But this isn’t an issue solely affecting an aspiring president or company partner, these traps affect all women, as they try to take up space where men have historically dominated. Menendez writes when likeability comes at the cost of authenticity, it’s the “biggest and the most all-encompassing pitfall.” She then cites one of the fiercest and most well- known women in entertainment as an exemption to that notion. Cardi B is famous for being blunt and some might describe her as “aggressive” and yet she’s one of the most successful artists and has made history while posting sometimes hilariously honest videos on Instagram with her nearly 60 million followers.
“Sidney Madden at NPR defined the ‘Cardi B effect’ as a ‘branding power rooted in specific authenticity.’ But can that idea apply to a woman of color in a non-creative field? Right now there is this big push to ‘bring your whole self’ to work, and yet so many of the women I interviewed feel that their workplaces have not done the work necessary to receive them,” she says. “So we’re being told ‘do you’ but for many of us, that can feel like a dangerous dare. Plus, so often there is a sense of how that ‘you’ is supposed to show up.”
The book is for all women but she does address specific issues Latinas and women of color face in the workplace that can make progress that much more difficult. “Latinas face two major stereotypes: we’re either perceived as hot-blooded and irrational, or too meek to be taken seriously. So we’re constantly negotiating those biases, especially if we want to lead,” she says. “I’ve spoken with many Latinas who were raised to be very mindful of what others think of them and to moderate their truest selves to please others. But I’ve also spoken with Latinas who were raised to be themselves and speak their minds no matter what.”
She cites the treatment Supreme Court Justice Sonia Sotomayor received during her confirmation hearing where she was called “angry” and “aggressive.” Menendez writes, “Calling a woman ’emotional’ is a great way to call her incompetent without having to use the word.” Throughout the book she discusses how emotion is at the core of the reason why women are judged as inferior or ill-equipped as opposed to a man who wouldn’t let his feelings get the best of him. This idea is further exacerbated for women of color who, Menendez points out, are regularly reminded that their competence is not assumed but rather they have to prove themselves worthy and their opinion is not valued. How then does a women of color, likely a minority at her work, remain authentic AND likable when the expectations are rooted in emotional stereotypes.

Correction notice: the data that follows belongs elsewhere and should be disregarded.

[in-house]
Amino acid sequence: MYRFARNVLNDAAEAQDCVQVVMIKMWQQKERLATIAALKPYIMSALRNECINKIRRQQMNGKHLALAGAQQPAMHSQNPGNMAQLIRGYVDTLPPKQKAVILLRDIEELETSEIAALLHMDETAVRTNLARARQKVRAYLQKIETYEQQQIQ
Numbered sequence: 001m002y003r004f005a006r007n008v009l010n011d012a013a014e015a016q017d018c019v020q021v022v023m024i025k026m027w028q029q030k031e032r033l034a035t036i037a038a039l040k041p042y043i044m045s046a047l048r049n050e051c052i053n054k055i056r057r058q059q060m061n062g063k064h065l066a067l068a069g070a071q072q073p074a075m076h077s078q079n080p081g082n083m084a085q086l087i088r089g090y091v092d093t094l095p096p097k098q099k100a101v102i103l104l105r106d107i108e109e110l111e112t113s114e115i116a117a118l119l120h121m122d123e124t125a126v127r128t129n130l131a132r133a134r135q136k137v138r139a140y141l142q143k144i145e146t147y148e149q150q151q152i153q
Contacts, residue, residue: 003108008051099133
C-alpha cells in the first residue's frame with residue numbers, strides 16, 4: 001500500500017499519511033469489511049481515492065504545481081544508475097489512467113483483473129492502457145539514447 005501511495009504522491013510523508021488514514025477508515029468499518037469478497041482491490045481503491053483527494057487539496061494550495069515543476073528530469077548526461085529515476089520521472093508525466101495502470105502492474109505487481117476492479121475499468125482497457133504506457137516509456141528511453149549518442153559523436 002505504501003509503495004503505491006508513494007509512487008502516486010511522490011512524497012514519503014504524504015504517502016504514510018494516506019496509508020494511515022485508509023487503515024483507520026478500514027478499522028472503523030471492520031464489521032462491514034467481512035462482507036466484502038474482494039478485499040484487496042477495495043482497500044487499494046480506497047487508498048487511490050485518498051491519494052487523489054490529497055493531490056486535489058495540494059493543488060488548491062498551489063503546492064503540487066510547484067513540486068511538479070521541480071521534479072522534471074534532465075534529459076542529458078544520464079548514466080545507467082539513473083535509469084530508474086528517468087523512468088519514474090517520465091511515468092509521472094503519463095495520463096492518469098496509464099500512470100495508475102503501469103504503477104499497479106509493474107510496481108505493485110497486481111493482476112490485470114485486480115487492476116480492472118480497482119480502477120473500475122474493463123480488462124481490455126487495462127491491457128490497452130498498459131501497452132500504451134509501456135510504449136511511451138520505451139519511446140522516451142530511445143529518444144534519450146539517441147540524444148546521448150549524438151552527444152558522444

“So many workplaces encourage workers to ‘bring their whole selves to work’ but so few workplaces have actually done the work necessary to make that possible. For people of color, I want to affirm that covering, and code-switching can be exhausting. Again, if it feels hard it’s because often it is. For women, for people of color, there is so much workplace advice about how we bend ourselves to fit, and not nearly enough calling out of how the system needs to expand to let more of us in.”
Part I of the book addresses these problems while Part II provides solutions for how to change this restrictive system including, checking our own unconscious biases, finding a sponsor (unlike a mentor, they can provide a more concrete path for advancement), and pushing for more concrete and subjective feedback. This advice is particularly significant for women of color who lack access to mentors, let alone sponsors which is such a crucial factor when it comes to making professional progress.
She recommends doing the research to find a sponsor and do the work to connect with them and show them that the relationship can benefit both of you. She also reminds readers to pay it forward and advocate for others, as you make your way up the ranks. She notes that advocacy and unity in the face of these traps is essential to move forward because even though some may not feel the pressure to be likable, there are plenty who do.
“So much career advice purports to teach us how to thrive when at best it teaches us to survive. To empower women to lead, we have to stop asking women to reimagine themselves and instead, reimagine leadership,” she says. “If authenticity is critical to effective leadership, then we need to expand our definitions of what authentic leadership looks like so that more of us can show up, as we are.”